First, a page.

The Miami Herald
August 26, 2001

 Haitians demand inclusion in immigration amnesty plan

 Leaders say President Bush's proposal should include more than Mexicans.


 South Florida's Haitian activists have a message for President Bush: Pa bliyé travay Ayisyen -- Don't forget the Haitian workers.

 Representatives from 25 Haitian organizations gathered Saturday in Miami-Dade County to demand the Bush administration include Haitians in an immigration amnesty plan that could bring legal status to millions of undocumented Mexican workers.

 ``We are not playing. We want to be included,'' said Marleine Bastien, executive director of Haitian Women of Miami. ``Haitians contribute to the social and economic fabric of this country and should be included.''

 Bush will meet with Mexican President Vicente Fox on Sept. 5 in Washington. They are expected to discuss immigration reforms and a guest worker program.

 Haitian groups are planning a protest that day in front of the Miami office of the Immigration and Naturalization Service.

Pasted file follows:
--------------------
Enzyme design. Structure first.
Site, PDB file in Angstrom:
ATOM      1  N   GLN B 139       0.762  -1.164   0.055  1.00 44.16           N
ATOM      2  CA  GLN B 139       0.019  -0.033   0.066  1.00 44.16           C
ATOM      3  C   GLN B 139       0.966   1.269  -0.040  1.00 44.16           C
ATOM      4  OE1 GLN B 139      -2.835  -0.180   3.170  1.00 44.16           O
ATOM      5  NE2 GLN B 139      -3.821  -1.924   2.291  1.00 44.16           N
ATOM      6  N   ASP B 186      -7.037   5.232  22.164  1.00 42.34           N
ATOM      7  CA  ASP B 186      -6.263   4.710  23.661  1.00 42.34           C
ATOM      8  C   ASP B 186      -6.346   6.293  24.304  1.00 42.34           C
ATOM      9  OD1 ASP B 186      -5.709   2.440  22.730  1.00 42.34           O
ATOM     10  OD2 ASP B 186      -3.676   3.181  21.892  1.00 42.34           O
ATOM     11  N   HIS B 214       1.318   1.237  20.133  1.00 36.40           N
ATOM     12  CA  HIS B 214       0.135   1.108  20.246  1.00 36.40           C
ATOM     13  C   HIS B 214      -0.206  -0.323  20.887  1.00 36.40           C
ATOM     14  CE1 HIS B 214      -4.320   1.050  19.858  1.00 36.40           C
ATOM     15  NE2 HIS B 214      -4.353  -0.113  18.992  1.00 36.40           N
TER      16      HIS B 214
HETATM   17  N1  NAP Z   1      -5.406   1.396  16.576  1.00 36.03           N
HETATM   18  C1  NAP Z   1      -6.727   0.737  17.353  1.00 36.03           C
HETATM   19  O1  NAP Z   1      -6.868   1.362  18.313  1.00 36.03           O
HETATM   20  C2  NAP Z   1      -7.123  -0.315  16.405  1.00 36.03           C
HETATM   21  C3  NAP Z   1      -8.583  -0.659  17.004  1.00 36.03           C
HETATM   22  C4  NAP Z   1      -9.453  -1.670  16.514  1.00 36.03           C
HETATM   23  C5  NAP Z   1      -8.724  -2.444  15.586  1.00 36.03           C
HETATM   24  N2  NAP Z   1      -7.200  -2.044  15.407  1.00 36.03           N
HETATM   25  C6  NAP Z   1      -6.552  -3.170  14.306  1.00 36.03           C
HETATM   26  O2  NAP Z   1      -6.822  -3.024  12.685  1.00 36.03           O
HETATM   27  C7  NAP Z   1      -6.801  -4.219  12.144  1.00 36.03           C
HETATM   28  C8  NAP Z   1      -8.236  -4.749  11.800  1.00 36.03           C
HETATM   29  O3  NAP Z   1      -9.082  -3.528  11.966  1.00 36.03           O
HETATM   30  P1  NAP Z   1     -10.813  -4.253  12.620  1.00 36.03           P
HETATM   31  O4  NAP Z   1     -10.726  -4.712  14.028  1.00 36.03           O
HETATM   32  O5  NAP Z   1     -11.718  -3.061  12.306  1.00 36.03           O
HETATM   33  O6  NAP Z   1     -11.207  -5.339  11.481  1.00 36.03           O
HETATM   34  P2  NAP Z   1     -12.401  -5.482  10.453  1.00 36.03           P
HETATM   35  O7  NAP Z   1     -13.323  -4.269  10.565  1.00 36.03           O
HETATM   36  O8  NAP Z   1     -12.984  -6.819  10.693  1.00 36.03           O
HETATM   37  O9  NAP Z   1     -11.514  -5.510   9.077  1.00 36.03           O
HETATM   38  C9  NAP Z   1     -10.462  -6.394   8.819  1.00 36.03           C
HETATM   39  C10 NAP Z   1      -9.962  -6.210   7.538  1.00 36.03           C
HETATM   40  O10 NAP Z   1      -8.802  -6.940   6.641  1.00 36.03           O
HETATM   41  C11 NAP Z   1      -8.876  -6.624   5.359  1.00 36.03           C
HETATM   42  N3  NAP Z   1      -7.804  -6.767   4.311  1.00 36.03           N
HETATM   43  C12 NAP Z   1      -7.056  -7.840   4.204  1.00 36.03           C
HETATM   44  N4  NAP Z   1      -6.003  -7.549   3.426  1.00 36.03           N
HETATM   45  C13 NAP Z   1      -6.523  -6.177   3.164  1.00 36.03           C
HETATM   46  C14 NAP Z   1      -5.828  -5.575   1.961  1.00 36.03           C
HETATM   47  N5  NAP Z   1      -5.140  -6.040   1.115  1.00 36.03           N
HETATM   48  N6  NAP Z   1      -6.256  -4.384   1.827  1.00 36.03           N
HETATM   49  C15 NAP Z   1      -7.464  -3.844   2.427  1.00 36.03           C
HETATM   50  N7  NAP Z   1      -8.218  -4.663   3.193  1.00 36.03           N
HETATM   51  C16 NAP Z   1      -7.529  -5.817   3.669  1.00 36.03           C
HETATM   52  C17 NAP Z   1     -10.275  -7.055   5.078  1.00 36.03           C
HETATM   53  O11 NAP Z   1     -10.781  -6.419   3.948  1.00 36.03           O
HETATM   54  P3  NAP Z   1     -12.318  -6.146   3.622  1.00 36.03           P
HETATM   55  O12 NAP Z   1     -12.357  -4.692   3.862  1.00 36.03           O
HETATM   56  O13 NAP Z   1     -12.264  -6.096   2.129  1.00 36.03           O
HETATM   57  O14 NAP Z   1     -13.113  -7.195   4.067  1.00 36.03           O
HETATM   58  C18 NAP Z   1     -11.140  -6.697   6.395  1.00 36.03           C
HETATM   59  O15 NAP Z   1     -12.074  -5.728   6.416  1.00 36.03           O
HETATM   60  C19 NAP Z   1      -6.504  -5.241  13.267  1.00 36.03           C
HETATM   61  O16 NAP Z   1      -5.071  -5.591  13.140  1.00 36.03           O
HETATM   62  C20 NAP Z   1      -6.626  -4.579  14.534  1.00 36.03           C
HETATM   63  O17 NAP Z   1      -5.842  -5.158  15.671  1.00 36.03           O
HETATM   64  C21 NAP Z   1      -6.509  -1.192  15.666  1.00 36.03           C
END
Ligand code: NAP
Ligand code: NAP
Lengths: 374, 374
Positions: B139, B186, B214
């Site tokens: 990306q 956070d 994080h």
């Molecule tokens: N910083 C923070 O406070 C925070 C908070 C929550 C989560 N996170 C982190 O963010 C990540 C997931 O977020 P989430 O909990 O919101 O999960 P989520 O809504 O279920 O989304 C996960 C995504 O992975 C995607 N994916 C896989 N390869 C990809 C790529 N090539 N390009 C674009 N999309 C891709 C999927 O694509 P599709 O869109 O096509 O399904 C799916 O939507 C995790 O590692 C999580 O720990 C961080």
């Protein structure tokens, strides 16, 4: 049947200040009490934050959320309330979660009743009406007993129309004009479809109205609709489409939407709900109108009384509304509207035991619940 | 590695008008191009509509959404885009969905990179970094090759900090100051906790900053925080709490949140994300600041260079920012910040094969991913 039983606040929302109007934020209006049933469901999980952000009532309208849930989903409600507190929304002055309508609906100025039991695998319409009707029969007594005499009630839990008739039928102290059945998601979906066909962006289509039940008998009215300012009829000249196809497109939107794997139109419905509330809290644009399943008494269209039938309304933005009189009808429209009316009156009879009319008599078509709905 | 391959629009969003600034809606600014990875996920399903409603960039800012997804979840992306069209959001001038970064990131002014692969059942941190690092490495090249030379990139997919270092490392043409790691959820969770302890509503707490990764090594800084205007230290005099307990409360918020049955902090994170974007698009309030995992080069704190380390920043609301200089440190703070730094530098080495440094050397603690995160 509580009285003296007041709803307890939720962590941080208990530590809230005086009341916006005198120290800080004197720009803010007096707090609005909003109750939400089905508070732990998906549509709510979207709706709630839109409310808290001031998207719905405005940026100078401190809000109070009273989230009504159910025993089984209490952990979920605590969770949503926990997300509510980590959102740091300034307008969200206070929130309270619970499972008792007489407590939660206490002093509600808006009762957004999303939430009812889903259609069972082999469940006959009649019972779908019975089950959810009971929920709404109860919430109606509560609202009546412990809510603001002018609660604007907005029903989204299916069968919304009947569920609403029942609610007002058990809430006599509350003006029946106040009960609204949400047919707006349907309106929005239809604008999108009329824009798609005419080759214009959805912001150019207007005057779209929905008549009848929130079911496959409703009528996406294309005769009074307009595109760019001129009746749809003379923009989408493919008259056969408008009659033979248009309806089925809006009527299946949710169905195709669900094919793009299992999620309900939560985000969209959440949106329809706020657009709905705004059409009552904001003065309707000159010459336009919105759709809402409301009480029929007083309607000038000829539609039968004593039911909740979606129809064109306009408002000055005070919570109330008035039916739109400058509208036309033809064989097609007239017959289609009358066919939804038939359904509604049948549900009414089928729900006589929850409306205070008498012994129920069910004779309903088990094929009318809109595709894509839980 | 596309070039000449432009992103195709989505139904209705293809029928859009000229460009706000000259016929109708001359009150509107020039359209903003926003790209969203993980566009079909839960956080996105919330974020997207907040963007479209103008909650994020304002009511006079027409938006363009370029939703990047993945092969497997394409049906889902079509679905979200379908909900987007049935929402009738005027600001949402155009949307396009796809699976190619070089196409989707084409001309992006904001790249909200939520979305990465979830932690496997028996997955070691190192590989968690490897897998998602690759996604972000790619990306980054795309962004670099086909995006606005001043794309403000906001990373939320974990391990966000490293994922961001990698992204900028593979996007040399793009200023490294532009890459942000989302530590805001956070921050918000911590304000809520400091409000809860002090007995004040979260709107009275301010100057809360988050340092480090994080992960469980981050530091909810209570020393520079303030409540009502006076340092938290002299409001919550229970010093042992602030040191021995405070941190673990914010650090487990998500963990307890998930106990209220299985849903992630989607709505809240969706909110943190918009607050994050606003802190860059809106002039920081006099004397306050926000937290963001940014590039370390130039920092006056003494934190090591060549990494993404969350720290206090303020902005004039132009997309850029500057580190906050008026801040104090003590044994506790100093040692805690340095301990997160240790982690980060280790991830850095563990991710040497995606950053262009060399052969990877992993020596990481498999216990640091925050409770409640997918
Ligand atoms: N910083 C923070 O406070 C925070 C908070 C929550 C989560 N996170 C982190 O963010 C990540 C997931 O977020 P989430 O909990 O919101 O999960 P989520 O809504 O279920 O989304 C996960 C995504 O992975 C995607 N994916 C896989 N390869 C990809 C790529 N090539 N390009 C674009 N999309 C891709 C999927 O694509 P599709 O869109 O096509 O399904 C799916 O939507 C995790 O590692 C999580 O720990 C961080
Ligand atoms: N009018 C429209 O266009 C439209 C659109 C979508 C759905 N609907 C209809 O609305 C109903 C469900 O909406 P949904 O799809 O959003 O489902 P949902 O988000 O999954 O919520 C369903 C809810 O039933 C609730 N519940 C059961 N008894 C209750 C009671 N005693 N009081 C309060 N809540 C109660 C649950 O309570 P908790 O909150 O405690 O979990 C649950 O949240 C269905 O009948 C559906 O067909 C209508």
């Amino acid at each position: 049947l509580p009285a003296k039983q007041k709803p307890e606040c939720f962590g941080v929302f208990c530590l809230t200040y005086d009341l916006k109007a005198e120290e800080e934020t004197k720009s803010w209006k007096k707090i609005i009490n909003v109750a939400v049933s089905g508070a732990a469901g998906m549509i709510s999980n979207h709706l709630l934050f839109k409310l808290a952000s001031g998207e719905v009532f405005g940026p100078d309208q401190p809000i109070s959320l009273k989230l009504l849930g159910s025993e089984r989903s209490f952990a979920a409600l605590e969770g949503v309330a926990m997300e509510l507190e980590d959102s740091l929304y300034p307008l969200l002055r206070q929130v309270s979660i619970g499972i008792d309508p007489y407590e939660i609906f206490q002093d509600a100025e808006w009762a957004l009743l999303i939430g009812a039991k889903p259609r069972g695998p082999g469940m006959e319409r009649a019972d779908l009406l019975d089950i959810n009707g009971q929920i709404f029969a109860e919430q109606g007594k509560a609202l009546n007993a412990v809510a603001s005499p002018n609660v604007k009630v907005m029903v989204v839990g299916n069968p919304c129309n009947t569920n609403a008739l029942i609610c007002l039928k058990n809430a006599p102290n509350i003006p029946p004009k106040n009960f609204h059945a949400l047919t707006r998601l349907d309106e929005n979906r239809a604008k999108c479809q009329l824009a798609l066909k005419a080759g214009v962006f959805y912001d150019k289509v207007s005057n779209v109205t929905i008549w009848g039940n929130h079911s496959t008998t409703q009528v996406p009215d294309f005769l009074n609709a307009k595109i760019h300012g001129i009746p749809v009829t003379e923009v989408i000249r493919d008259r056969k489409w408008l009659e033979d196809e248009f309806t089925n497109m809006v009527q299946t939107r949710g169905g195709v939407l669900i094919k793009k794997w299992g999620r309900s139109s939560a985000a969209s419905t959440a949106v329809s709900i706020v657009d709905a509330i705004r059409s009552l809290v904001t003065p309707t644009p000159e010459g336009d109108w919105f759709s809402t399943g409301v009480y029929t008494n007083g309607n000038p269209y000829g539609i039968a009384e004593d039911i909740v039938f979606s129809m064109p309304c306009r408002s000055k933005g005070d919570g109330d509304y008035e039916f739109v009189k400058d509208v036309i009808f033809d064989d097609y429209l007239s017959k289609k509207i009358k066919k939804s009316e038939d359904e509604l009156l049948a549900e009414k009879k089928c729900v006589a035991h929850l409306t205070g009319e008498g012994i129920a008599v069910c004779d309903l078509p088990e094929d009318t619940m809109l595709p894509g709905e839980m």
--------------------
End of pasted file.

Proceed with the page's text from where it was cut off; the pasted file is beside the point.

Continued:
A protest in Washington is planned for Sept. 25. That protest will include groups representing other nationalities.

 It is still unclear whether the proposed amnesty plan would apply only to Mexican immigrants.

 At Saturday's news conference, Haitian leaders said they cheer the Mexican amnesty proposal but insisted it should include newcomers from other nations.

 ``The American people is a just society,'' said North Miami Vice Mayor Ossmann Desir. ``All undocumented immigrants should be treated with equality and dignity, not only one group.''

 Opponents of the amnesty plan, such as the Washington-based Federation of American Immigration Reform, say the Bush proposal panders to Hispanic voters and that legalization rewards lawbreakers. Calls to the group's headquarters weren't returned Saturday.

 A poll released this week, surveying 1,000 adults, showed that 62 percent of Americans would support a plan that would legalize the status of immigrants who can prove they have been living in the United States, working at a job and paying taxes.

 The survey, conducted jointly by Republican and Democratic polling firms, was commissioned by the Services Employees International Union and Catholic Healthcare West.

 Haitian workers said limiting amnesty to Mexicans would be an insult to all other nationalities.

 ``We are a good people who work hard, no different from Mexico,'' said Marie Sylvain, 43, who works at a nursing home.

 ``We are standing up to tell George Bush to consider all immigrants.''

                                    © 2001